KENNETH ROTH: As you note, the fact that the relevant countries have not ratified the cluster munitions treaty, while it would be helpful to do so, it’s not decisive, because all of them have ratified the Geneva Conventions, which prohibit indiscriminate warfare. And cluster munitions are, by definition, indiscriminate. They scatter over wide areas, so they should never be used in civilian-populated areas to begin with. Plus they leave a residue. Not every munition explodes on contact with the ground, and they become antipersonnel land mines for people to just stumble upon and die. So the U.S. should be using pressure on the Saudis not to be using these weapons at all, but certainly not to be using them in populated areas where, as we’re seeing, Yemenis are being killed.
AMY GOODMAN: Explain what these weapons are and what they do.
KENNETH ROTH: They’re essentially area-denial weapons. There is a canister with, you know, upwards of 200 submunitions, little bombs, inside. The canister opens in the sky and spreads these submunitions over a wide area. Each one of those is lethal, so you don’t want to be in that area as these things rain down on you. You also don’t want to walk through that area afterwards, but it becomes effectively a land mine field, because these cluster munitions are unreliable and a significant number don’t initially explode. They only explode later, when somebody touches them or stands on them.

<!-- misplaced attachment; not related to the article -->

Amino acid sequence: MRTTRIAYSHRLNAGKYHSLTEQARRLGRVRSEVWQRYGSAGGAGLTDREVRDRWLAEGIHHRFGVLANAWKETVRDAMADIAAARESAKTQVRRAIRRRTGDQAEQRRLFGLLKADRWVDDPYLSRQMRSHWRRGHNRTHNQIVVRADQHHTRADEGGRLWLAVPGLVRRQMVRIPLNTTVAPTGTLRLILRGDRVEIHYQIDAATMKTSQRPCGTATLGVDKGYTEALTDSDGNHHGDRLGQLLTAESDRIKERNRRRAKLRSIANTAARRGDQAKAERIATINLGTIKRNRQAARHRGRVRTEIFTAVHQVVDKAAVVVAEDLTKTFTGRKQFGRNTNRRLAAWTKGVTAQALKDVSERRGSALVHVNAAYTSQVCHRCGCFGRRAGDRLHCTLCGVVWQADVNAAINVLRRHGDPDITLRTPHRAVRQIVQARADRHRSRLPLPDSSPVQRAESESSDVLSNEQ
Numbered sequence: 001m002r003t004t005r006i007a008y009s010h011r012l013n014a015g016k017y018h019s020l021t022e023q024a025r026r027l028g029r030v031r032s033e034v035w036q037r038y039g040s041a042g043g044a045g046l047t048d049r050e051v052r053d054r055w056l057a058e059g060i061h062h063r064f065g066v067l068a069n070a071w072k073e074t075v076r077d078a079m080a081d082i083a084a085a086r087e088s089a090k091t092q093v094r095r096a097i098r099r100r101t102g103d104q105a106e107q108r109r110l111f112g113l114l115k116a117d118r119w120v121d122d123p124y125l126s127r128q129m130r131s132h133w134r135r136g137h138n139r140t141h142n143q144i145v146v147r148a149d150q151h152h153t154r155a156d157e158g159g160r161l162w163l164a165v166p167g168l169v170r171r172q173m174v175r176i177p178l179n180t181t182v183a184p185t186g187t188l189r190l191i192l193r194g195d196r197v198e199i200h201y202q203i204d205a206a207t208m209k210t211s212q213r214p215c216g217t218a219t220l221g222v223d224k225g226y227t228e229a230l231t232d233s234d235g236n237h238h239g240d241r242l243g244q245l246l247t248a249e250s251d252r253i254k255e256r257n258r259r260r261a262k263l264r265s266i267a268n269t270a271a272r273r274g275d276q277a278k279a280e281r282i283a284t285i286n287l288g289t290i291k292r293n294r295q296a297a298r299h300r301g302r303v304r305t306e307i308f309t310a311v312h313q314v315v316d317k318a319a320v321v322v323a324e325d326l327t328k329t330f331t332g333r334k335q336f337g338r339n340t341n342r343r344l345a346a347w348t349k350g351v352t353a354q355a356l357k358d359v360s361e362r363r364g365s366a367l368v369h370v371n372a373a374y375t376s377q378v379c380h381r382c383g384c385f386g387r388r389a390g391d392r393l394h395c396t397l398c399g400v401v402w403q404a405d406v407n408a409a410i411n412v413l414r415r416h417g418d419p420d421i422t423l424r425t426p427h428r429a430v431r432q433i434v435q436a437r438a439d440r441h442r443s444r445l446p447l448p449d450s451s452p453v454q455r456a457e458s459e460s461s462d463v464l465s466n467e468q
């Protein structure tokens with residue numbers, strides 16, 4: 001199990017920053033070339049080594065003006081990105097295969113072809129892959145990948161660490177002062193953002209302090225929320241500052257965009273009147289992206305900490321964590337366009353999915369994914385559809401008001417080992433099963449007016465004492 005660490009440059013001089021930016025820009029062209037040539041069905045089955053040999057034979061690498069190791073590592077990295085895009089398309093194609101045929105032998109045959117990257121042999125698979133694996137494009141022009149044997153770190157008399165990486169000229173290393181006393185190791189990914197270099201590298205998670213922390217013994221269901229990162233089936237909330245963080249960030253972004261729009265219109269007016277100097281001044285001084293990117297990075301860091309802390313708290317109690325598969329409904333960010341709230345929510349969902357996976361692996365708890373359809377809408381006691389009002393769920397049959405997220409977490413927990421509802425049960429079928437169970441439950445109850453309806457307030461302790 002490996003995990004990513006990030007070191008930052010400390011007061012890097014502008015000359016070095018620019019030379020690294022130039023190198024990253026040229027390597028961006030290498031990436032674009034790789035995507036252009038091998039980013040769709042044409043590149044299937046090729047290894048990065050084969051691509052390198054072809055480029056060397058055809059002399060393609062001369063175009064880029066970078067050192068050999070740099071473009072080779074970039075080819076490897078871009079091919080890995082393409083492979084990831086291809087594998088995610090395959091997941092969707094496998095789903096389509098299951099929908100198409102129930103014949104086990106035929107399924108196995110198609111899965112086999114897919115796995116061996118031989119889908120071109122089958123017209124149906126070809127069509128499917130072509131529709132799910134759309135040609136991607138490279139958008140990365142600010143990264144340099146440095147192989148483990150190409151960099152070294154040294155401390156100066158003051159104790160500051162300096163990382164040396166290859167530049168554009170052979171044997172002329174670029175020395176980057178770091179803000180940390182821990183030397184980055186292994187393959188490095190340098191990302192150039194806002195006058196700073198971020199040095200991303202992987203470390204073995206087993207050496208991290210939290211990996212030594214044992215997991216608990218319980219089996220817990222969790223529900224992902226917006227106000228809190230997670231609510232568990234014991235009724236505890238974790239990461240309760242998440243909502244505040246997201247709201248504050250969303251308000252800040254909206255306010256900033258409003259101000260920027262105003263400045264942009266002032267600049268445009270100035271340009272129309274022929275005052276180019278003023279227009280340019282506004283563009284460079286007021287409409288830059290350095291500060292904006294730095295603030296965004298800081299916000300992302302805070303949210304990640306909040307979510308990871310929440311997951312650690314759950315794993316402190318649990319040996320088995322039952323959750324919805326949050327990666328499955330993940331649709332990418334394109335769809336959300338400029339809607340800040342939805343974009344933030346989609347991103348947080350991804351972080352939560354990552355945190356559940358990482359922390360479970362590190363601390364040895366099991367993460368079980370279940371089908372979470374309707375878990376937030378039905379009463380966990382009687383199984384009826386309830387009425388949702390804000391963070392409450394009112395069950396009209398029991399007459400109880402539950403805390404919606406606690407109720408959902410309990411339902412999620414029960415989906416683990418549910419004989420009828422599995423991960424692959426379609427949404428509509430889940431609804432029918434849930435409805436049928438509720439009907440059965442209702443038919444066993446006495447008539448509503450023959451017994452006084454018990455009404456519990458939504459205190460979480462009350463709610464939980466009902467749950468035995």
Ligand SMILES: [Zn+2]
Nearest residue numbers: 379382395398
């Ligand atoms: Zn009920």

AMY GOODMAN: How do they affect the human body?
KENNETH ROTH: They’re devastating. They’re like standing on a land mine. They, at minimum, will rip off your limbs, and they very frequently are completely lethal.
AMY GOODMAN: I want to turn to a video released by Human Rights Watch featuring interviews with victims of cluster munitions in Yemen.
AZIZ HADI MATIR HAYASH: [translated] We were together, and a rocket hit us. It exploded in the air, and cluster bombs, submunitions, fell out of it. Before we left the house with the sheep, two submunitions fell down while others spread all over the village. One exploded, and the other still remains. My cousins and I were wounded.